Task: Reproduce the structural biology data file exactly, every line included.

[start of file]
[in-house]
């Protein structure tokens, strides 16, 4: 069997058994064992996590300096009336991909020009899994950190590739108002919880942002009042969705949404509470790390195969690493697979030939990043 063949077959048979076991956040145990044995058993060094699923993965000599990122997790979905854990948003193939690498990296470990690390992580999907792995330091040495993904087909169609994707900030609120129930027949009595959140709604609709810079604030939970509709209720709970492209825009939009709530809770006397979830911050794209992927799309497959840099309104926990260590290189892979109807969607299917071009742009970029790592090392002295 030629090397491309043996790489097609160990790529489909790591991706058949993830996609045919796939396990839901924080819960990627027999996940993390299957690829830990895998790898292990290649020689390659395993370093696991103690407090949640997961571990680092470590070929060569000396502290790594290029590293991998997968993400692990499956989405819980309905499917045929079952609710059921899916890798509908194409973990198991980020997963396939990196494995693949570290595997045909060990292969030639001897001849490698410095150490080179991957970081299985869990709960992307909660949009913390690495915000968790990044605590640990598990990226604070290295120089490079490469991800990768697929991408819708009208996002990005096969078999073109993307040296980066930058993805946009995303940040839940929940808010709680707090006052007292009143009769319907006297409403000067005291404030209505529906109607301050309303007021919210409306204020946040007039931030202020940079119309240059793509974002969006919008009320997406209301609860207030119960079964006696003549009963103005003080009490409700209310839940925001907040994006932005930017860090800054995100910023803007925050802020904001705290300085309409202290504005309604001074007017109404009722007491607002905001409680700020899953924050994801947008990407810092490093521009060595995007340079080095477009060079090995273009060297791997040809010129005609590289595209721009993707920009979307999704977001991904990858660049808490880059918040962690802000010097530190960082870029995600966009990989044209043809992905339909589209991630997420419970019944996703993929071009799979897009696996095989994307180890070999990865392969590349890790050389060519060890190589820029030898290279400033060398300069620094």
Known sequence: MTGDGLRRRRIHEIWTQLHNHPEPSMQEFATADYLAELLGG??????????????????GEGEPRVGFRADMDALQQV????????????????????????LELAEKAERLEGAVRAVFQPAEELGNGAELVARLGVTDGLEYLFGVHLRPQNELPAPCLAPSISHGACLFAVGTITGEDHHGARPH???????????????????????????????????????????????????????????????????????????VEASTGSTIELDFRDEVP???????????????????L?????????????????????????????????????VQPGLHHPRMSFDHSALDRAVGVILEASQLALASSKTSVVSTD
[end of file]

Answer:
[in-house]
């Protein structure tokens, strides 16, 4: 069997058994064992996590300096009336991909020009899994950190590739108002919880942002009042969705949404509470790390195969690493697979030939990043 063949077959048979076991956040145990044995058993060094699923993965000599990122997790979905854990948003193939690498990296470990690390992580999907792995330091040495993904087909169609994707900030609120129930027949009595959140709604609709810079604030939970509709209720709970492209825009939009709530809770006397979830911050794209992927799309497959840099309104926990260590290189892979109807969607299917071009742009970029790592090392002295 030629090397491309043996790489097609160990790529489909790591991706058949993830996609045919796939396990839901924080819960990627027999996940993390299957690829830990895998790898292990290649020689390659395993370093696991103690407090949640997961571990680092470590070929060569000396502290790594290029590293991998997968993400692990499956989405819980309905499917045929079952609710059921899916890798509908194409973990198991980020997963396939990196494995693949570290595997045909060990292969030639001897001849490698410095150490080179991957970081299985869990709960992307909660949009913390690495915000968790990044605590640990598990990226604070290295120089490079490469991800990768697929991408819708009208996002990005096969078999073109993307040296980066930058993805946009995303940040839940929940808010709680707090006052007292009143009769319907006297409403000067005291404030209505529906109607301050309303007021919210409306204020946040007039931030202020940079119309240059793509974002969006919008009320997406209301609860207030119960079964006696003549009963103005003080009490409700209310839940925001907040994006932005930017860090800054995100910023803007925050802020904001705290300085309409202290504005309604001074007017109404009722007491607002905001409680700020899953924050994801947008990407810092490093521009060595995007340079080095477009060079090995273009060297791997040809010129005609590289595209721009993707920009979307999704977001991904990858660049808490880059918040962690802000010097530190960082870029995600966009990989044209043809992905339909589209991630997420419970019944996703993929071009799979897009696996095989994307180890070999990865392969590349890790050389060519060890190589820029030898290279400033060398300069620094």
Known sequence: MTGDGLRRRRIHEIWTQLHNHPEPSMQEFATADYLAELLGG??????????????????GEGEPRVGFRADMDALQQV????????????????????????LELAEKAERLEGAVRAVFQPAEELGNGAELVARLGVTDGLEYLFGVHLRPQNELPAPCLAPSISHGACLFAVGTITGEDHHGARPH???????????????????????????????????????????????????????????????????????????VEASTGSTIELDFRDEVP???????????????????L?????????????????????????????????????VQPGLHHPRMSFDHSALDRAVGVILEASQLALASSKTSVVSTD